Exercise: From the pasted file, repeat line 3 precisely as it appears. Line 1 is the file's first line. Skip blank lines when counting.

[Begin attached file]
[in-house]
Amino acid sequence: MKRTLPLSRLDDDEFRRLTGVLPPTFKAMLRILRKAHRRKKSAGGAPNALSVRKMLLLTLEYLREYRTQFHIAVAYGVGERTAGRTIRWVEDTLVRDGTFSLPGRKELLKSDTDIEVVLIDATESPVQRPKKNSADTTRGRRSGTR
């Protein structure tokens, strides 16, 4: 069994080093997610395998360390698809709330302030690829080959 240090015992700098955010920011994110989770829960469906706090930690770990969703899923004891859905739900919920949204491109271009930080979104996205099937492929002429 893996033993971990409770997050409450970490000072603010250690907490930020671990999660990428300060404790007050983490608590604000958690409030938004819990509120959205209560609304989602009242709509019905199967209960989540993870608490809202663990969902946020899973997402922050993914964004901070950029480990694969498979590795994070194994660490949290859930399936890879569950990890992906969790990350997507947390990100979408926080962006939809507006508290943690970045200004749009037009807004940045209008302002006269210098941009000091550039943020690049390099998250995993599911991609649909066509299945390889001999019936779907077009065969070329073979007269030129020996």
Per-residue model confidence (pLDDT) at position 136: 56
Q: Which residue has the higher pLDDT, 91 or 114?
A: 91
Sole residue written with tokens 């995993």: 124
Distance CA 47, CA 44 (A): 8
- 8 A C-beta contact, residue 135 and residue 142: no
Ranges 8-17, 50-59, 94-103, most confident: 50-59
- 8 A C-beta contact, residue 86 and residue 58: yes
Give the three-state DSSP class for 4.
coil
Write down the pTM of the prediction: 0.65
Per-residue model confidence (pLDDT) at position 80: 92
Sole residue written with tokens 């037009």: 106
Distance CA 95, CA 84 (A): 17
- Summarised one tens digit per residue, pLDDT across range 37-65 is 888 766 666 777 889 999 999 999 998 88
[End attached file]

């Protein structure tokens, strides 16, 4: 069994080093997610395998360390698809709330302030690829080959 240090015992700098955010920011994110989770829960469906706090930690770990969703899923004891859905739900919920949204491109271009930080979104996205099937492929002429 893996033993971990409770997050409450970490000072603010250690907490930020671990999660990428300060404790007050983490608590604000958690409030938004819990509120959205209560609304989602009242709509019905199967209960989540993870608490809202663990969902946020899973997402922050993914964004901070950029480990694969498979590795994070194994660490949290859930399936890879569950990890992906969790990350997507947390990100979408926080962006939809507006508290943690970045200004749009037009807004940045209008302002006269210098941009000091550039943020690049390099998250995993599911991609649909066509299945390889001999019936779907077009065969070329073979007269030129020996």